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Marlihan Lopez, left, and Safa Chebbi, are part of a coalition to mobilize Quebeckers against disciminatory legislation, speak during a news conference opposing Bill 21 in Montreal, on Friday, March 29, 2019.Graham Hughes/The Canadian Press

Letters to the Editor should be exclusive to The Globe and Mail. Include your name, address and daytime phone number. Try to keep letters to fewer than 150 words. Letters may be edited for length and clarity. To submit a letter by e-mail, click here:


If it smells racist …

Re Quebec’s Tabling Of Bill That Bans Religious Symbols Sparks Condemnation In Province, Ottawa (March 29): It’s hard to imagine a more darkly conceived and offensive piece of legislation than Quebec’s Bill 21. It is a sledgehammer aimed at a thumbtack – a thumbtack whose very existence is questionable.

Bill 21 won’t protect Quebeckers against possible faith-based decisions by public officials. It won’t push religious minorities toward greater integration. It will, however, slam doors on observant Muslims, Sikhs and Jews. And it may well encourage many more Quebeckers to view religious minorities in a negative light.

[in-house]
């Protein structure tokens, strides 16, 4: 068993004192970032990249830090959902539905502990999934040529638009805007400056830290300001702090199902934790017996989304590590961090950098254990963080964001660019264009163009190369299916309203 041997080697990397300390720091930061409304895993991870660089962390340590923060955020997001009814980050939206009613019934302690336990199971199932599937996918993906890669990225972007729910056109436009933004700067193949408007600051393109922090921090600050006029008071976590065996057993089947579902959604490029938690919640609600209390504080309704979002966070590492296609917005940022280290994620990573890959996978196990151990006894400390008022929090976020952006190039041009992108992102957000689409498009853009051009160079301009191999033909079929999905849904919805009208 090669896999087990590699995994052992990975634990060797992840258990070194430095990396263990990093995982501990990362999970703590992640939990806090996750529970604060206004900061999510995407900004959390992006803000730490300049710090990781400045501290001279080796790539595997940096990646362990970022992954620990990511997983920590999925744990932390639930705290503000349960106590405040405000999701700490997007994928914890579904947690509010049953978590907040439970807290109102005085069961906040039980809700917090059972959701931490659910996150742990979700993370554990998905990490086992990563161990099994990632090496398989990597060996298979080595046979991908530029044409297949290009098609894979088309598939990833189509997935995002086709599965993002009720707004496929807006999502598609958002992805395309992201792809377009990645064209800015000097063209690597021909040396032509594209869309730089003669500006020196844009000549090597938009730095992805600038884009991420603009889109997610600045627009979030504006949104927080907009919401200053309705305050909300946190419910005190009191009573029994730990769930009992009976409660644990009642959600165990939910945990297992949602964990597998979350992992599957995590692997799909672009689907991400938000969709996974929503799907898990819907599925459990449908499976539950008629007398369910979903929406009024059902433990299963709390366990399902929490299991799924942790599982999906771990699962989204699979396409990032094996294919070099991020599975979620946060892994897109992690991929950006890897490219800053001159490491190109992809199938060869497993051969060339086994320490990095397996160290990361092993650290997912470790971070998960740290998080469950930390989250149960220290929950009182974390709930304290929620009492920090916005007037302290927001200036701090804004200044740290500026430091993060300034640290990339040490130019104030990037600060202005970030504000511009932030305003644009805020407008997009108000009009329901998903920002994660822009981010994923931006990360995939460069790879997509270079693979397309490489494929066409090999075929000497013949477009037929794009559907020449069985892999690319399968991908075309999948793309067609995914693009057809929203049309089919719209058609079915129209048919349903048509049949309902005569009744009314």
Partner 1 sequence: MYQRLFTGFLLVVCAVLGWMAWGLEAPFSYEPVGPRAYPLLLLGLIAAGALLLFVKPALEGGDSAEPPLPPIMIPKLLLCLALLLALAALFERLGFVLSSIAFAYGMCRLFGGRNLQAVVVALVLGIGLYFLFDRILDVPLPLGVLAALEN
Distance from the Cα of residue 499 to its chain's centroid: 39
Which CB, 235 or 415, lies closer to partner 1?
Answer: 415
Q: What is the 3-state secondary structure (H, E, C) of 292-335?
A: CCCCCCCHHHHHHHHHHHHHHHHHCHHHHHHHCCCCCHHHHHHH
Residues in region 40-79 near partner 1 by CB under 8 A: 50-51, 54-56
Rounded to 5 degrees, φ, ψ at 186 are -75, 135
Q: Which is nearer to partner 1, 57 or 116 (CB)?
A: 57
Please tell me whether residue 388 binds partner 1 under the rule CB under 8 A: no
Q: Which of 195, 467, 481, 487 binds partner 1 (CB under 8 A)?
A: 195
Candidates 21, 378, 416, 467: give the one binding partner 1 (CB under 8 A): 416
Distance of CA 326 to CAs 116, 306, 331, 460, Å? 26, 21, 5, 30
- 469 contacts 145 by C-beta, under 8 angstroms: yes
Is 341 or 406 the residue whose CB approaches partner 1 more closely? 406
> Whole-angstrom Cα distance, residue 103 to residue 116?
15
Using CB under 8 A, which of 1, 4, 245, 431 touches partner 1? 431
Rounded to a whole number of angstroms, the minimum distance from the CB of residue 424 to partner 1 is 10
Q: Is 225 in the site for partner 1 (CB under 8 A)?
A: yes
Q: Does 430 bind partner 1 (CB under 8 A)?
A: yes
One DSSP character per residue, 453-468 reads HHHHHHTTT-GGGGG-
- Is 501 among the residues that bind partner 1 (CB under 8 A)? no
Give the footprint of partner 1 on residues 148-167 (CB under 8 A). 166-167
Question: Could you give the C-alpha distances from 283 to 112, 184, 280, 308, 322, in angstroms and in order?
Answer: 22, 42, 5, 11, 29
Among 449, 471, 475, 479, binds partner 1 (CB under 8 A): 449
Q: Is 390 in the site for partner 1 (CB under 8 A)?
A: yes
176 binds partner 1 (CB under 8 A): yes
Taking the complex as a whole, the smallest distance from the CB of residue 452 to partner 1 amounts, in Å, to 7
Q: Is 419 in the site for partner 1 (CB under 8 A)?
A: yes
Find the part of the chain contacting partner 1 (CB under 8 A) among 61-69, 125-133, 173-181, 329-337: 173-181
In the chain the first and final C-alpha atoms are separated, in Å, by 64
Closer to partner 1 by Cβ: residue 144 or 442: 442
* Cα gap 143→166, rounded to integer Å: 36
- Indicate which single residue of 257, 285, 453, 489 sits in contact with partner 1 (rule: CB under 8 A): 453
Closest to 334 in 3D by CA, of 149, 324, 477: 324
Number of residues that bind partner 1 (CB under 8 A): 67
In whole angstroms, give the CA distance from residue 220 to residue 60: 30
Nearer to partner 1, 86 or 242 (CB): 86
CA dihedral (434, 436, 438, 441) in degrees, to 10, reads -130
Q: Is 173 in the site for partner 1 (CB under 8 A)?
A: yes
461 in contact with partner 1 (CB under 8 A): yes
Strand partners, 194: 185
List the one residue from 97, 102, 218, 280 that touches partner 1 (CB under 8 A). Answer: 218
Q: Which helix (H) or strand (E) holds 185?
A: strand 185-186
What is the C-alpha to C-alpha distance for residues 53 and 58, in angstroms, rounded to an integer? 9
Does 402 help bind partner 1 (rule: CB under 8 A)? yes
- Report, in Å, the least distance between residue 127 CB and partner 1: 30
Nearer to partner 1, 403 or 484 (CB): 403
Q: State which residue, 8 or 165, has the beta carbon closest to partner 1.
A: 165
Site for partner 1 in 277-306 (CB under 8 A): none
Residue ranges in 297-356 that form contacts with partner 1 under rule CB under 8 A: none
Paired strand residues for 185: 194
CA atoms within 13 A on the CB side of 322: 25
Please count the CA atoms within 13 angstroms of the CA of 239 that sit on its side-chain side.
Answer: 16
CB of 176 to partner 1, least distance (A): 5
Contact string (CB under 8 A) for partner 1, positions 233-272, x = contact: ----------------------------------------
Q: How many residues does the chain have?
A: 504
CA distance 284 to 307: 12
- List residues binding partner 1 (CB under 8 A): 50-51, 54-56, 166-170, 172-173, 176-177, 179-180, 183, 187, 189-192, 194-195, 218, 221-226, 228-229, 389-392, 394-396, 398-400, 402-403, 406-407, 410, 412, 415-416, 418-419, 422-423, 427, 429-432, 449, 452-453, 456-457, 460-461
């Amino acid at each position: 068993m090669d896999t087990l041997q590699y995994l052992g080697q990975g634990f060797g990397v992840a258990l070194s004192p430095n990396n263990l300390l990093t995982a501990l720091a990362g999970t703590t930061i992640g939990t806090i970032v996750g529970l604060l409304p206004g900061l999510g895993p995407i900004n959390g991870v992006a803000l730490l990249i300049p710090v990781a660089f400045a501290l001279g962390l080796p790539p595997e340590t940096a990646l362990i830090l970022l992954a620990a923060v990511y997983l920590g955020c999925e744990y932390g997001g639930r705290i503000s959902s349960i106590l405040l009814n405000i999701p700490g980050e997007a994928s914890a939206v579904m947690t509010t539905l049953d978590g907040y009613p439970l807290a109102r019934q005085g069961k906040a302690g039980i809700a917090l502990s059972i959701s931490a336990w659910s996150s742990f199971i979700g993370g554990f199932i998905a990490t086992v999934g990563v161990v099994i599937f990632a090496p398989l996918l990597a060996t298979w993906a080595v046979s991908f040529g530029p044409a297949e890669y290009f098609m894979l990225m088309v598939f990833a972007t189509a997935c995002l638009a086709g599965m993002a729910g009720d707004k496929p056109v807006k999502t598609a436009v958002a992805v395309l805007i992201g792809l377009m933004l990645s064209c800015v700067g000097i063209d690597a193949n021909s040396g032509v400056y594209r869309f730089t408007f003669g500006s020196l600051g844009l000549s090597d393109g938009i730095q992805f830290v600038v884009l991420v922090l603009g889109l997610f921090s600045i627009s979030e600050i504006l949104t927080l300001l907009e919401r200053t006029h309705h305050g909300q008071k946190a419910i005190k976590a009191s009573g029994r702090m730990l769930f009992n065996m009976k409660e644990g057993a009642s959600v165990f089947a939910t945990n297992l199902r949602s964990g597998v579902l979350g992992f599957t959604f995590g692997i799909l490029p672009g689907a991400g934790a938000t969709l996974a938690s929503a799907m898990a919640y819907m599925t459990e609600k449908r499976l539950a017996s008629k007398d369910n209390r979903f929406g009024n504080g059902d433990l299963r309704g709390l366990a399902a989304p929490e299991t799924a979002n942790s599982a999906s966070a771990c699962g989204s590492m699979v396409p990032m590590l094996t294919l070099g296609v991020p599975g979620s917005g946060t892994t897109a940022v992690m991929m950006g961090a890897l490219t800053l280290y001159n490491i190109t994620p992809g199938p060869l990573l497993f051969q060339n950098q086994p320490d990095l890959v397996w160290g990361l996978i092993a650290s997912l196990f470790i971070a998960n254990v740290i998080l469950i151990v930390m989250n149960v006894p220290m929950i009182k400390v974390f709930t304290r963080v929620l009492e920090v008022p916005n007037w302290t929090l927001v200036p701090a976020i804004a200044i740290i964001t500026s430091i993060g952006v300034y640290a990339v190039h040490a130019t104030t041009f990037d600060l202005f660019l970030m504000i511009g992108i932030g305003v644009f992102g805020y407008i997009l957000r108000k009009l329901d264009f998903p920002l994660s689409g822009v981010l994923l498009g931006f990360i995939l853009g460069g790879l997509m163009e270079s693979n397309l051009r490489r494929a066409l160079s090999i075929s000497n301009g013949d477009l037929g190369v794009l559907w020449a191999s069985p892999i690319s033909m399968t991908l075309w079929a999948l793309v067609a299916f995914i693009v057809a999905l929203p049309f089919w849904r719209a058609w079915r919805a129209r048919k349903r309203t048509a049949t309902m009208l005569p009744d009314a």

What’s more, the bill’s largest impact will be on a swath of Quebeckers who have the least social or political power – on both sides of the religious divide. Teachers. Public servants, starting at the lowest levels. Prison guards. Crown lawyers. Police officers. And, of course, the few dozen Muslim women who choose to cover their faces.

In the rest of Canada, our communities insist only that religious minorities aren’t accorded undue influence in politics. In Quebec, Bill 21’s ideology of secularism would demand the faithful be absent from the public square and, perhaps in time, absent from their communities as well.